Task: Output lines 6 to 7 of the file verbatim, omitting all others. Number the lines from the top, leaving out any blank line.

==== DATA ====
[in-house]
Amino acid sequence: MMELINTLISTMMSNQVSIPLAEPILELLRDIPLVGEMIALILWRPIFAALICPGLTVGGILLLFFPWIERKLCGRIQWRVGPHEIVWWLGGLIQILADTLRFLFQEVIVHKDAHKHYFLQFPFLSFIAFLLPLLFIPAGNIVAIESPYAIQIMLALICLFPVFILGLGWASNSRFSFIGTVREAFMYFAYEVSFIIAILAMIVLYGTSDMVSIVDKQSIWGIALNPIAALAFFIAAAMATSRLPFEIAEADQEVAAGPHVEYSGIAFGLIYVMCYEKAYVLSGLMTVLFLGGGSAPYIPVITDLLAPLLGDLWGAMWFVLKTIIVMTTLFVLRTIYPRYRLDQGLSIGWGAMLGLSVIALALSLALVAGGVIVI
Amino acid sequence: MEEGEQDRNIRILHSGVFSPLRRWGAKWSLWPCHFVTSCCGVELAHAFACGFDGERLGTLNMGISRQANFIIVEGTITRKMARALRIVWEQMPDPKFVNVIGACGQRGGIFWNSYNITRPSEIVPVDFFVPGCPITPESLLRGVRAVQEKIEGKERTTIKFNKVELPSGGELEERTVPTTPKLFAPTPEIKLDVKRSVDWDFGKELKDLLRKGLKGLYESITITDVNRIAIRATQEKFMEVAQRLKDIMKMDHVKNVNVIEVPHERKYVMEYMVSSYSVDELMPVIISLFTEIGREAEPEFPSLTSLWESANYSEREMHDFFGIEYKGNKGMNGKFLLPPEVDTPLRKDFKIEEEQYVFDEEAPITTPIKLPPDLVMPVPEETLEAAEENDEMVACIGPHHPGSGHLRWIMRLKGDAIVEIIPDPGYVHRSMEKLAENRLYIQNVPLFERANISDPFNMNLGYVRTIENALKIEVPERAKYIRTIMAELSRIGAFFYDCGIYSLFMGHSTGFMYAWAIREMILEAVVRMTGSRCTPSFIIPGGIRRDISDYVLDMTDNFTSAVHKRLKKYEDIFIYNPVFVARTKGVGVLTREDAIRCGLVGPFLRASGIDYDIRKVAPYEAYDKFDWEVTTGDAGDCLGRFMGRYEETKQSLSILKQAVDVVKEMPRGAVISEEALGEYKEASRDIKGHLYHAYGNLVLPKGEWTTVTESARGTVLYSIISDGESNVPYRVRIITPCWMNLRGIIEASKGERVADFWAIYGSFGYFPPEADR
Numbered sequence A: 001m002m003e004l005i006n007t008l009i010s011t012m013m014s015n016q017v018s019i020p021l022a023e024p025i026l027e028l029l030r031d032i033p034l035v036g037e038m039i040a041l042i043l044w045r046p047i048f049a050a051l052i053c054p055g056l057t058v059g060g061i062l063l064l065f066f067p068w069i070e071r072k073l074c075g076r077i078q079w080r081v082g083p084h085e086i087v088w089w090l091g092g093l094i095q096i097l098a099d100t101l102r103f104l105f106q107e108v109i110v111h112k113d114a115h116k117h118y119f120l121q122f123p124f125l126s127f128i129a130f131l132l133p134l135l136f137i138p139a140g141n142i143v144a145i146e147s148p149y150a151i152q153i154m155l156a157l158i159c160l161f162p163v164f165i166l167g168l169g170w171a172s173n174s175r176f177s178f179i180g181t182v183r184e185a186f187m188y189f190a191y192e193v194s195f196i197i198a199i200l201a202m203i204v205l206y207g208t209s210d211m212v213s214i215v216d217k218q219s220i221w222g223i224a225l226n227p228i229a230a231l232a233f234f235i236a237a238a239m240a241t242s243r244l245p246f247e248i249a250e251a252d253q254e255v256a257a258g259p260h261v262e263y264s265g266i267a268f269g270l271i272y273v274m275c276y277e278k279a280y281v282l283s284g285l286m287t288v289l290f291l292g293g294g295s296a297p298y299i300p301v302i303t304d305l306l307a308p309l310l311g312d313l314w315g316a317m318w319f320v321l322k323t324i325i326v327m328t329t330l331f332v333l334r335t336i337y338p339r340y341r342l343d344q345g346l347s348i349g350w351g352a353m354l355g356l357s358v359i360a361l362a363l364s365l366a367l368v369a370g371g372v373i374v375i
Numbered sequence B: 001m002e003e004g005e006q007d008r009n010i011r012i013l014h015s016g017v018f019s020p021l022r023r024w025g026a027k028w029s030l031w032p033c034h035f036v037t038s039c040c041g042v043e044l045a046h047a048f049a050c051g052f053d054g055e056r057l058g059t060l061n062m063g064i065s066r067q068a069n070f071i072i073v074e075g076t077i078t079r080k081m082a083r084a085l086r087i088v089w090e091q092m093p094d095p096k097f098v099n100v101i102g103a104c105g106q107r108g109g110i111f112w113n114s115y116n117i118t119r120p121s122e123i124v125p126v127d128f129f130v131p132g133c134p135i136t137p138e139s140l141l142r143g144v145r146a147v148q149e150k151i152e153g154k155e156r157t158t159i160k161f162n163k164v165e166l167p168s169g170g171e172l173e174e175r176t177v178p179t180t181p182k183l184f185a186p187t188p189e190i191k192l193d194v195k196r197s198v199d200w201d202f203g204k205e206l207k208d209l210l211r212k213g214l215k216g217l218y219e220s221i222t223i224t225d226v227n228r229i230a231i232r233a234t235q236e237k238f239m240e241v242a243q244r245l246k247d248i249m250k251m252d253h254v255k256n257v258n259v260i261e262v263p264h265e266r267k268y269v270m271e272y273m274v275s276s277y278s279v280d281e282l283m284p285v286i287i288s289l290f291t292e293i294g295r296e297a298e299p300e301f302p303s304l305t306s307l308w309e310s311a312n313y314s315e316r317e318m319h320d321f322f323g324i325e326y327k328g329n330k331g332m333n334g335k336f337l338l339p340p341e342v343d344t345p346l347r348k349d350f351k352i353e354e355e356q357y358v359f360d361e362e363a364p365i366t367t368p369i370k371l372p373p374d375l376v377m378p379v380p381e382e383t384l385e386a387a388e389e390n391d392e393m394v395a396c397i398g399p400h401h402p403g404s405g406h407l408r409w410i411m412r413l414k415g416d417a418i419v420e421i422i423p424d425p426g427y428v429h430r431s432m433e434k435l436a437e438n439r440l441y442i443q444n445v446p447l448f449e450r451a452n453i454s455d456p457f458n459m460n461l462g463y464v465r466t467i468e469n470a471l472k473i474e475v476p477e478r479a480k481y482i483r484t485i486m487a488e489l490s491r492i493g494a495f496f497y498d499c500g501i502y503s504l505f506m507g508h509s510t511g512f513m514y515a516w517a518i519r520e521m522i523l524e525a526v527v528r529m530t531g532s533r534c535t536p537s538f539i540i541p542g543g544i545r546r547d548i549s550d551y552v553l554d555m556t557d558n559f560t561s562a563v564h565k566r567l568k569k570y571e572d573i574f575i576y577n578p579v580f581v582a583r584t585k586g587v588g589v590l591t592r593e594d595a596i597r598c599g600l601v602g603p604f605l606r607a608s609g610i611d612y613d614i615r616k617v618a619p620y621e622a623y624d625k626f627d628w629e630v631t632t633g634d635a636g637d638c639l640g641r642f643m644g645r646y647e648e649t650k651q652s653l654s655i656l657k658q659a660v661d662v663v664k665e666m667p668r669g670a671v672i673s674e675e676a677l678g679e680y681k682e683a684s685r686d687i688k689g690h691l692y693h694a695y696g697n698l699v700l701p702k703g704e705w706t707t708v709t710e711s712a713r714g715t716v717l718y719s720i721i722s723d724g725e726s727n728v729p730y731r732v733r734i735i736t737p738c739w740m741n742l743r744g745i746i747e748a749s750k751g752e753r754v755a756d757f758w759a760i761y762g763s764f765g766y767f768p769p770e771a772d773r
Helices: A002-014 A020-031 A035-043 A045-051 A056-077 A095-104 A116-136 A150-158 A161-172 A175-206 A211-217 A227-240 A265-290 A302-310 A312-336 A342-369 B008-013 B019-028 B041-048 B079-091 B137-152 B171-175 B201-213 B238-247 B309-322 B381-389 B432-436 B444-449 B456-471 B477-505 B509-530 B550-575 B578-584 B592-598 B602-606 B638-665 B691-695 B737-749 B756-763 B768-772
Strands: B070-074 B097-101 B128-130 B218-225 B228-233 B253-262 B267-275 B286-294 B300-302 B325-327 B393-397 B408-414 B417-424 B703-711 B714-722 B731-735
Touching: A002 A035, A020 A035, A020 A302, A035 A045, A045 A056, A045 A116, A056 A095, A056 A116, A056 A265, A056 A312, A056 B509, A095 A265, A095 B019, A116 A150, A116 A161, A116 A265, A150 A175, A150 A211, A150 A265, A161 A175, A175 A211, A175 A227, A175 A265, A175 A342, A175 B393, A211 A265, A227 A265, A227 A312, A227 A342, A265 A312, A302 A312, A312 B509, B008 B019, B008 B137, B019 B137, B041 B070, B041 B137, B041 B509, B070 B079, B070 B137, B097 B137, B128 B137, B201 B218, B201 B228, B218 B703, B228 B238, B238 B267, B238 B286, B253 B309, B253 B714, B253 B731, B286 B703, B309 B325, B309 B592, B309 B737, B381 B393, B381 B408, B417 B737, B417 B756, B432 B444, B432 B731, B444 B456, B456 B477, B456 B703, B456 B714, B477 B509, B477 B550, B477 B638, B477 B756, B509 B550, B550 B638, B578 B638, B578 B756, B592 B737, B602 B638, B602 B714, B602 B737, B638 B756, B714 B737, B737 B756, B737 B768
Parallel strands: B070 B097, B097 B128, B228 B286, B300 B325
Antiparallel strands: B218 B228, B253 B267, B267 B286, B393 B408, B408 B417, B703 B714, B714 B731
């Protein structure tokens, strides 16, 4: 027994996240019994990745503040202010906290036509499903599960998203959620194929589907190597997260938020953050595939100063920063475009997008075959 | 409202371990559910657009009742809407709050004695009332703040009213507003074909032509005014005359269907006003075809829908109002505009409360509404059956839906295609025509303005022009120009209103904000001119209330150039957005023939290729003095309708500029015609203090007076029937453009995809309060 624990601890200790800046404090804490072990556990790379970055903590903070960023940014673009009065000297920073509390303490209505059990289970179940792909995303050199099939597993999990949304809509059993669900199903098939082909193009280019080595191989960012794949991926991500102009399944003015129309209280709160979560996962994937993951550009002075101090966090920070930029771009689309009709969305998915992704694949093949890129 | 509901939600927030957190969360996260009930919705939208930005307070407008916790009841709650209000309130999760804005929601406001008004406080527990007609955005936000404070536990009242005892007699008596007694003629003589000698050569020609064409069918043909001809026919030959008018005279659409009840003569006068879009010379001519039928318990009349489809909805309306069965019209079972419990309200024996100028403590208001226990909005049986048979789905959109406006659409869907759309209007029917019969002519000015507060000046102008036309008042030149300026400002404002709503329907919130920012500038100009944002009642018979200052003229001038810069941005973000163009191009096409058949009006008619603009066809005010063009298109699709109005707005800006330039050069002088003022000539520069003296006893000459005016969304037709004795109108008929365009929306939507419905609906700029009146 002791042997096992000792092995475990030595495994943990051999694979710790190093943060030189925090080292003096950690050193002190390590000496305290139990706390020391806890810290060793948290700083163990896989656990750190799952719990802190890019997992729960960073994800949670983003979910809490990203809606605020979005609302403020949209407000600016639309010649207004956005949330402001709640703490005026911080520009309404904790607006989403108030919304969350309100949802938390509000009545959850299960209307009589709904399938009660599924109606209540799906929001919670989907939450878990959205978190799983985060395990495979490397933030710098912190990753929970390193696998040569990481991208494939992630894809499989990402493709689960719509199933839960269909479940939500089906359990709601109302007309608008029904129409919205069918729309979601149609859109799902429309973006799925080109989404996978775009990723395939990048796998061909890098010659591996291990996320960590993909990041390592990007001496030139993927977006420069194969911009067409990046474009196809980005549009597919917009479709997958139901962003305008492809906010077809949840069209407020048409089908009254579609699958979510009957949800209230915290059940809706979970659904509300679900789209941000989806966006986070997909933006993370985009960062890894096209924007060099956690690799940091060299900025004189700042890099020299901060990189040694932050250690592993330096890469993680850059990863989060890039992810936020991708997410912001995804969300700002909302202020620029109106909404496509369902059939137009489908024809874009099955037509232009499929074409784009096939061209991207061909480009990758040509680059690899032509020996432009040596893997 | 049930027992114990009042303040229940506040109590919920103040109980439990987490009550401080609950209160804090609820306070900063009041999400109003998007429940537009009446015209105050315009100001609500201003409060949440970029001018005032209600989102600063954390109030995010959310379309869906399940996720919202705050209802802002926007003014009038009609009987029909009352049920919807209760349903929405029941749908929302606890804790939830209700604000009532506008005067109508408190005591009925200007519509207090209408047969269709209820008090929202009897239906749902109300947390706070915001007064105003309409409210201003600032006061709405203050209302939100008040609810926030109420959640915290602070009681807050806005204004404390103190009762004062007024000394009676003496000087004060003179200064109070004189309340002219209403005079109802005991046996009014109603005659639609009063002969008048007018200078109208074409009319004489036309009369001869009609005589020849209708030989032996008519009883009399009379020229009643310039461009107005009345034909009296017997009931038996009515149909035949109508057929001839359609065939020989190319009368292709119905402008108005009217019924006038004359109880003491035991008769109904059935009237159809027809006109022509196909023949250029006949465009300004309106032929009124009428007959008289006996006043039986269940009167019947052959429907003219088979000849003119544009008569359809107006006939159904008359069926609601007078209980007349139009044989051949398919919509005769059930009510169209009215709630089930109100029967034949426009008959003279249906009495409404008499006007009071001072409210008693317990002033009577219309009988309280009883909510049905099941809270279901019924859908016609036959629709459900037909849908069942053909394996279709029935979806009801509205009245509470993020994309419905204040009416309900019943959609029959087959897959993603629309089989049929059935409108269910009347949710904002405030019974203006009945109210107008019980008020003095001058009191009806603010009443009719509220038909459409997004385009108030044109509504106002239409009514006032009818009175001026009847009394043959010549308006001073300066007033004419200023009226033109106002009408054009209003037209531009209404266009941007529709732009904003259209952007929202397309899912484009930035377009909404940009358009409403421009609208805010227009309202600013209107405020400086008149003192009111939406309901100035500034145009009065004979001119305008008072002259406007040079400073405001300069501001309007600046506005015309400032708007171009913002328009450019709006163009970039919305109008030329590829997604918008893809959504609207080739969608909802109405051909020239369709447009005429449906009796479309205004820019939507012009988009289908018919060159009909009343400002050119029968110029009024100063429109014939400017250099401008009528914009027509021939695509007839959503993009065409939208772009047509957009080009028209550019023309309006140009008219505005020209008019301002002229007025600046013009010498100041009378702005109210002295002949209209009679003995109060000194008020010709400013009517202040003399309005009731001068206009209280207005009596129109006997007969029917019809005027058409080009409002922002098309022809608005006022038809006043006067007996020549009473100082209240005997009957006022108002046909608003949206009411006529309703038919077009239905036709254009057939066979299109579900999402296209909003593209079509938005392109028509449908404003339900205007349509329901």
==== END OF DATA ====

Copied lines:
Helices: A002-014 A020-031 A035-043 A045-051 A056-077 A095-104 A116-136 A150-158 A161-172 A175-206 A211-217 A227-240 A265-290 A302-310 A312-336 A342-369 B008-013 B019-028 B041-048 B079-091 B137-152 B171-175 B201-213 B238-247 B309-322 B381-389 B432-436 B444-449 B456-471 B477-505 B509-530 B550-575 B578-584 B592-598 B602-606 B638-665 B691-695 B737-749 B756-763 B768-772
Strands: B070-074 B097-101 B128-130 B218-225 B228-233 B253-262 B267-275 B286-294 B300-302 B325-327 B393-397 B408-414 B417-424 B703-711 B714-722 B731-735